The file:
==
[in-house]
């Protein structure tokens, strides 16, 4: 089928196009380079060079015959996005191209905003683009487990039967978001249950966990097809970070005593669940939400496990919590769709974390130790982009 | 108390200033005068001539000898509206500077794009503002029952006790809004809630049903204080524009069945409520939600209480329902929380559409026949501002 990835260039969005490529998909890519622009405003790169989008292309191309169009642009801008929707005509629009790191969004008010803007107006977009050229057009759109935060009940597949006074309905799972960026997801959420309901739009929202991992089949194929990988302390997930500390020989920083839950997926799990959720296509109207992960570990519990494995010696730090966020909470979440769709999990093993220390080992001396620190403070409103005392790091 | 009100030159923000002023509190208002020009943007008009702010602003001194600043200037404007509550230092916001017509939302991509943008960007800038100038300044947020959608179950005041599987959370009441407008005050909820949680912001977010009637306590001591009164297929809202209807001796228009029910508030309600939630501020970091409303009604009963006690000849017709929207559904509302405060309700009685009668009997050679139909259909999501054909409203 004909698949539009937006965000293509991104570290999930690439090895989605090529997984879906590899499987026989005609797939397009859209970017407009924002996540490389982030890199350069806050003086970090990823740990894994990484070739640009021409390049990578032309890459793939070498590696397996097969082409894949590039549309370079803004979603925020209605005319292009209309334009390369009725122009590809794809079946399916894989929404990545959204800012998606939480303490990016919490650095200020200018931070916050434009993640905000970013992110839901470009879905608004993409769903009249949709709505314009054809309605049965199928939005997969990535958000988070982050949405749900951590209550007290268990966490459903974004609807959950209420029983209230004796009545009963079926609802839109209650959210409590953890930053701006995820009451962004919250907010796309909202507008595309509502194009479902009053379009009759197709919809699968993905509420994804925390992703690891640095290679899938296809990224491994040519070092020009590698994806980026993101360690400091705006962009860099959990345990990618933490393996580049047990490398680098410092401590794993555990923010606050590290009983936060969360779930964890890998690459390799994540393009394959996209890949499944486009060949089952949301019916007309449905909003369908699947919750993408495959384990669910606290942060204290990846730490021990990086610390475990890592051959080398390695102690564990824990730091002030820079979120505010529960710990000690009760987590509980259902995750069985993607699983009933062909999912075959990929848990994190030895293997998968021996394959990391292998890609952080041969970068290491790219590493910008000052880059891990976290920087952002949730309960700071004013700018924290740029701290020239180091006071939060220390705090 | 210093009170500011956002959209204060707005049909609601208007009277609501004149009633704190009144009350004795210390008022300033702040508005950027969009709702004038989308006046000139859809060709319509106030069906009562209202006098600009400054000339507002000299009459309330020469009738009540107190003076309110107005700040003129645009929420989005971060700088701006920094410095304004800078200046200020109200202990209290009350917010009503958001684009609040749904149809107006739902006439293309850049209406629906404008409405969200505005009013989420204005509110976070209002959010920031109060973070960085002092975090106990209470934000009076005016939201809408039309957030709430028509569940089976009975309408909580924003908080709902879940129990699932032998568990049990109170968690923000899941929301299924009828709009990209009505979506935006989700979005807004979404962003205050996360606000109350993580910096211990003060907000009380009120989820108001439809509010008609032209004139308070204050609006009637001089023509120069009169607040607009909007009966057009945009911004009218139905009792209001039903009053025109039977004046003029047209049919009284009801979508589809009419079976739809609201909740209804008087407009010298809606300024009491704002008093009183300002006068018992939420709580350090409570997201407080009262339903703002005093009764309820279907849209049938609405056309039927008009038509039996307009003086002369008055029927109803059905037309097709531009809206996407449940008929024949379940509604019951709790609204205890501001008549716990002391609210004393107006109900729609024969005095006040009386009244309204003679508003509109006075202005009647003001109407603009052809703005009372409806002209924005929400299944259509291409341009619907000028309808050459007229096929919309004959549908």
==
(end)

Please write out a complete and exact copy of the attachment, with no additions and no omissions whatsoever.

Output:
[in-house]
């Protein structure tokens, strides 16, 4: 089928196009380079060079015959996005191209905003683009487990039967978001249950966990097809970070005593669940939400496990919590769709974390130790982009 | 108390200033005068001539000898509206500077794009503002029952006790809004809630049903204080524009069945409520939600209480329902929380559409026949501002 990835260039969005490529998909890519622009405003790169989008292309191309169009642009801008929707005509629009790191969004008010803007107006977009050229057009759109935060009940597949006074309905799972960026997801959420309901739009929202991992089949194929990988302390997930500390020989920083839950997926799990959720296509109207992960570990519990494995010696730090966020909470979440769709999990093993220390080992001396620190403070409103005392790091 | 009100030159923000002023509190208002020009943007008009702010602003001194600043200037404007509550230092916001017509939302991509943008960007800038100038300044947020959608179950005041599987959370009441407008005050909820949680912001977010009637306590001591009164297929809202209807001796228009029910508030309600939630501020970091409303009604009963006690000849017709929207559904509302405060309700009685009668009997050679139909259909999501054909409203 004909698949539009937006965000293509991104570290999930690439090895989605090529997984879906590899499987026989005609797939397009859209970017407009924002996540490389982030890199350069806050003086970090990823740990894994990484070739640009021409390049990578032309890459793939070498590696397996097969082409894949590039549309370079803004979603925020209605005319292009209309334009390369009725122009590809794809079946399916894989929404990545959204800012998606939480303490990016919490650095200020200018931070916050434009993640905000970013992110839901470009879905608004993409769903009249949709709505314009054809309605049965199928939005997969990535958000988070982050949405749900951590209550007290268990966490459903974004609807959950209420029983209230004796009545009963079926609802839109209650959210409590953890930053701006995820009451962004919250907010796309909202507008595309509502194009479902009053379009009759197709919809699968993905509420994804925390992703690891640095290679899938296809990224491994040519070092020009590698994806980026993101360690400091705006962009860099959990345990990618933490393996580049047990490398680098410092401590794993555990923010606050590290009983936060969360779930964890890998690459390799994540393009394959996209890949499944486009060949089952949301019916007309449905909003369908699947919750993408495959384990669910606290942060204290990846730490021990990086610390475990890592051959080398390695102690564990824990730091002030820079979120505010529960710990000690009760987590509980259902995750069985993607699983009933062909999912075959990929848990994190030895293997998968021996394959990391292998890609952080041969970068290491790219590493910008000052880059891990976290920087952002949730309960700071004013700018924290740029701290020239180091006071939060220390705090 | 210093009170500011956002959209204060707005049909609601208007009277609501004149009633704190009144009350004795210390008022300033702040508005950027969009709702004038989308006046000139859809060709319509106030069906009562209202006098600009400054000339507002000299009459309330020469009738009540107190003076309110107005700040003129645009929420989005971060700088701006920094410095304004800078200046200020109200202990209290009350917010009503958001684009609040749904149809107006739902006439293309850049209406629906404008409405969200505005009013989420204005509110976070209002959010920031109060973070960085002092975090106990209470934000009076005016939201809408039309957030709430028509569940089976009975309408909580924003908080709902879940129990699932032998568990049990109170968690923000899941929301299924009828709009990209009505979506935006989700979005807004979404962003205050996360606000109350993580910096211990003060907000009380009120989820108001439809509010008609032209004139308070204050609006009637001089023509120069009169607040607009909007009966057009945009911004009218139905009792209001039903009053025109039977004046003029047209049919009284009801979508589809009419079976739809609201909740209804008087407009010298809606300024009491704002008093009183300002006068018992939420709580350090409570997201407080009262339903703002005093009764309820279907849209049938609405056309039927008009038509039996307009003086002369008055029927109803059905037309097709531009809206996407449940008929024949379940509604019951709790609204205890501001008549716990002391609210004393107006109900729609024969005095006040009386009244309204003679508003509109006075202005009647003001109407603009052809703005009372409806002209924005929400299944259509291409341009619907000028309808050459007229096929919309004959549908």